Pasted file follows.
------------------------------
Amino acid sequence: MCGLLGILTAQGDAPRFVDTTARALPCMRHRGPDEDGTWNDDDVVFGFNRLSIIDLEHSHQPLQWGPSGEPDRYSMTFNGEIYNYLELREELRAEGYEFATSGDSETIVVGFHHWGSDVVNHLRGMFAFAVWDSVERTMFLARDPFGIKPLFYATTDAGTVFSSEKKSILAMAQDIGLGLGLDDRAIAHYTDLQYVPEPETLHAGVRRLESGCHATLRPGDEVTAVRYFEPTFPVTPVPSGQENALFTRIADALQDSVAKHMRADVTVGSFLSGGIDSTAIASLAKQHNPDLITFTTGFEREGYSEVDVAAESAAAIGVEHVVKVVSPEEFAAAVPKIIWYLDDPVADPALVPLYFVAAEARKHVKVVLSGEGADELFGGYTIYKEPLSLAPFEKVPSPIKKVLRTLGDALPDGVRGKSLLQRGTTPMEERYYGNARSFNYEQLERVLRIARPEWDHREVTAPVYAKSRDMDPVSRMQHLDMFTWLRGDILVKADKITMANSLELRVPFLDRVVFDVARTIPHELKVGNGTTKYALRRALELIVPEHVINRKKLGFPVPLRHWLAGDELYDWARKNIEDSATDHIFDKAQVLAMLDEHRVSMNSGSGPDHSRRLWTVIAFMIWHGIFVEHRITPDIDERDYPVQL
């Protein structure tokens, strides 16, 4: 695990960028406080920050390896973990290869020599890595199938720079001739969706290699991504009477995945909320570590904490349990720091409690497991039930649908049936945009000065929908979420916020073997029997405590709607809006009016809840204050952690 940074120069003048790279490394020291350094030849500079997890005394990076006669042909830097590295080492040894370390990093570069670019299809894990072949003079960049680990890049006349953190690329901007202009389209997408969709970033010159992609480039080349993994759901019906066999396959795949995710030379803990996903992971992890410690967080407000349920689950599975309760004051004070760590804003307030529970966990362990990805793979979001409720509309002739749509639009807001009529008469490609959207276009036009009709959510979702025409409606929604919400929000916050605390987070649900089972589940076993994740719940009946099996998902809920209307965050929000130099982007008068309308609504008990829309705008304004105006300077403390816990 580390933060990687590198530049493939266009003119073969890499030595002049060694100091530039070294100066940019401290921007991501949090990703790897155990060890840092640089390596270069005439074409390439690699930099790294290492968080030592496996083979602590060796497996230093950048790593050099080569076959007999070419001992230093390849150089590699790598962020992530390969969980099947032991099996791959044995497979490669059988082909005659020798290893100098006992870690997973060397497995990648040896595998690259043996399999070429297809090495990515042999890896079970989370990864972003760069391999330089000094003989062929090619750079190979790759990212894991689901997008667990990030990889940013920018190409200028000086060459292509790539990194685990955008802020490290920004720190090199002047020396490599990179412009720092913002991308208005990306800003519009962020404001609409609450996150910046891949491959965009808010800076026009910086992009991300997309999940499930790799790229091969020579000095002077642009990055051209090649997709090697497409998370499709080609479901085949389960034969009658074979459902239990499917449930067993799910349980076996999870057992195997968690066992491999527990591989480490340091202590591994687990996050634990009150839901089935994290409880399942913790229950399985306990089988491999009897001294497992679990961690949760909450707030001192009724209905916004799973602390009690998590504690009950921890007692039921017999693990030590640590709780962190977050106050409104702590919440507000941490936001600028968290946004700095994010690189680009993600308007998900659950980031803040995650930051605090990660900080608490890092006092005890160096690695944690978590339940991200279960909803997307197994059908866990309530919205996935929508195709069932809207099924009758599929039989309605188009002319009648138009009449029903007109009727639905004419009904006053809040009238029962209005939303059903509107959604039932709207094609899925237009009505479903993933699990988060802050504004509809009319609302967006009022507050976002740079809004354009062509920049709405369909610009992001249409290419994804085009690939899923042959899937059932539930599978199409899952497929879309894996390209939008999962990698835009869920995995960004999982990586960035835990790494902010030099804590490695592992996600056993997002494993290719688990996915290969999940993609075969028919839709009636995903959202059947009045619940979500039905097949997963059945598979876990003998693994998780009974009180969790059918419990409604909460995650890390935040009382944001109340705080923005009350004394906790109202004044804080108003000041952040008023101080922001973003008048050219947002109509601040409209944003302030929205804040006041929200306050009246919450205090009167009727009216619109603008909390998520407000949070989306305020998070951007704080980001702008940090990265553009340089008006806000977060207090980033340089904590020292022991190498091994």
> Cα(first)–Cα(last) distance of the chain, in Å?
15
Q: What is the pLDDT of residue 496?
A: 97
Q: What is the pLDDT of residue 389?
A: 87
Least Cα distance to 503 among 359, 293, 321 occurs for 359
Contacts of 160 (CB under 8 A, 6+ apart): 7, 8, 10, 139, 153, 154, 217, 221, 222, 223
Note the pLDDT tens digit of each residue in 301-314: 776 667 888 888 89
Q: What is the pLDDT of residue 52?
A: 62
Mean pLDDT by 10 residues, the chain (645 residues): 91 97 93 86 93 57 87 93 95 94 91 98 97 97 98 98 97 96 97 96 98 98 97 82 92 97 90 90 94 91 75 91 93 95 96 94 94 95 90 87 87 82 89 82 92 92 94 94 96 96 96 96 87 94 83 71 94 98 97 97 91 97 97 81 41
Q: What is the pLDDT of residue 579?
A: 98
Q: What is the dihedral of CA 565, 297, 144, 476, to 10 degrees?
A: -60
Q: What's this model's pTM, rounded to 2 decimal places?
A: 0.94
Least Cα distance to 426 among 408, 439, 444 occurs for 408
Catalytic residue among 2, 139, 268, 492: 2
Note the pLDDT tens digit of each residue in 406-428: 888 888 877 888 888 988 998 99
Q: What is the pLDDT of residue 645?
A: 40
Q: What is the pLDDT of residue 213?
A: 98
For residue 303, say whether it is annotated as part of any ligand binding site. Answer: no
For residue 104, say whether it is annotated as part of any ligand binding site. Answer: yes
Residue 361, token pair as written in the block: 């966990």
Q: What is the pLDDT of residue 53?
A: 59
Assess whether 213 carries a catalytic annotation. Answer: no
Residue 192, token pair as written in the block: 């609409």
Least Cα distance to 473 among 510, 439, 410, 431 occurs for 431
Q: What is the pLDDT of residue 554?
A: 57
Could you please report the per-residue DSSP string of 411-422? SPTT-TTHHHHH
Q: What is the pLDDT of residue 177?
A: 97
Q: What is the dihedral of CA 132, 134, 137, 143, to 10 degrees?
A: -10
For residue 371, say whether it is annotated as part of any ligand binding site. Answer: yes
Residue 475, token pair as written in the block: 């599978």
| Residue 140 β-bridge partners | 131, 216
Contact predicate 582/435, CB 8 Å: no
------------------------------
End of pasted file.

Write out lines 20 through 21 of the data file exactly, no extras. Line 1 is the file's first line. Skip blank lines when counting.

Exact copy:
A: 0.94
Least Cα distance to 426 among 408, 439, 444 occurs for 408